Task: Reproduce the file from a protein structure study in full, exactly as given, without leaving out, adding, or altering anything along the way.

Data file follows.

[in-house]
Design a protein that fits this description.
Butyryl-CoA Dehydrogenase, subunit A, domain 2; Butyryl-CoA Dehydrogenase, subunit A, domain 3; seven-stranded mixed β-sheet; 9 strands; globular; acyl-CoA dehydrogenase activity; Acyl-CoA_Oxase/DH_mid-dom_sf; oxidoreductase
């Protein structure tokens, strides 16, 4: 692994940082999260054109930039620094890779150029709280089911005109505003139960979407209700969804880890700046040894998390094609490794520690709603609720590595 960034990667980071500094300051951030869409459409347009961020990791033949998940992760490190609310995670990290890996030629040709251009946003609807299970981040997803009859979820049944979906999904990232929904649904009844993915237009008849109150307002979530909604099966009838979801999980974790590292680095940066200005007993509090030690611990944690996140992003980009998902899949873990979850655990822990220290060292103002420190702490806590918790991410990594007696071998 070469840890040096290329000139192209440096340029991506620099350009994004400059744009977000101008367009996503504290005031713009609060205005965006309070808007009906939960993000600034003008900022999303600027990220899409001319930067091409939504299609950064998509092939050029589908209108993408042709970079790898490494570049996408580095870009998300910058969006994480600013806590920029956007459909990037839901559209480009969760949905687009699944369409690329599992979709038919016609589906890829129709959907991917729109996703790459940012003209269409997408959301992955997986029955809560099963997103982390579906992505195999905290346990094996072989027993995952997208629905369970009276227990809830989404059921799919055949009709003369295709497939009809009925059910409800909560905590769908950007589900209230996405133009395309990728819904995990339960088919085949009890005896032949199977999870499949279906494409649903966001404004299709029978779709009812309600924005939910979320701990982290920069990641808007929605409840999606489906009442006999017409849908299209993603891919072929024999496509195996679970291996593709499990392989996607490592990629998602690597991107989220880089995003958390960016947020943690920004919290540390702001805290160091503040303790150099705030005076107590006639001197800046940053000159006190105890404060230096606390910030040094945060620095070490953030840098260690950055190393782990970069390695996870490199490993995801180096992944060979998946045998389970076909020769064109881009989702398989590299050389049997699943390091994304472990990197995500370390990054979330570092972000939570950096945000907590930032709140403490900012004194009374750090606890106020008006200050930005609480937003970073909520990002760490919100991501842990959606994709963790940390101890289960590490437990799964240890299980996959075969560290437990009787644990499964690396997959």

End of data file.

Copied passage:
[in-house]
Design a protein that fits this description.
Butyryl-CoA Dehydrogenase, subunit A, domain 2; Butyryl-CoA Dehydrogenase, subunit A, domain 3; seven-stranded mixed β-sheet; 9 strands; globular; acyl-CoA dehydrogenase activity; Acyl-CoA_Oxase/DH_mid-dom_sf; oxidoreductase
């Protein structure tokens, strides 16, 4: 692994940082999260054109930039620094890779150029709280089911005109505003139960979407209700969804880890700046040894998390094609490794520690709603609720590595 960034990667980071500094300051951030869409459409347009961020990791033949998940992760490190609310995670990290890996030629040709251009946003609807299970981040997803009859979820049944979906999904990232929904649904009844993915237009008849109150307002979530909604099966009838979801999980974790590292680095940066200005007993509090030690611990944690996140992003980009998902899949873990979850655990822990220290060292103002420190702490806590918790991410990594007696071998 070469840890040096290329000139192209440096340029991506620099350009994004400059744009977000101008367009996503504290005031713009609060205005965006309070808007009906939960993000600034003008900022999303600027990220899409001319930067091409939504299609950064998509092939050029589908209108993408042709970079790898490494570049996408580095870009998300910058969006994480600013806590920029956007459909990037839901559209480009969760949905687009699944369409690329599992979709038919016609589906890829129709959907991917729109996703790459940012003209269409997408959301992955997986029955809560099963997103982390579906992505195999905290346990094996072989027993995952997208629905369970009276227990809830989404059921799919055949009709003369295709497939009809009925059910409800909560905590769908950007589900209230996405133009395309990728819904995990339960088919085949009890005896032949199977999870499949279906494409649903966001404004299709029978779709009812309600924005939910979320701990982290920069990641808007929605409840999606489906009442006999017409849908299209993603891919072929024999496509195996679970291996593709499990392989996607490592990629998602690597991107989220880089995003958390960016947020943690920004919290540390702001805290160091503040303790150099705030005076107590006639001197800046940053000159006190105890404060230096606390910030040094945060620095070490953030840098260690950055190393782990970069390695996870490199490993995801180096992944060979998946045998389970076909020769064109881009989702398989590299050389049997699943390091994304472990990197995500370390990054979330570092972000939570950096945000907590930032709140403490900012004194009374750090606890106020008006200050930005609480937003970073909520990002760490919100991501842990959606994709963790940390101890289960590490437990799964240890299980996959075969560290437990009787644990499964690396997959």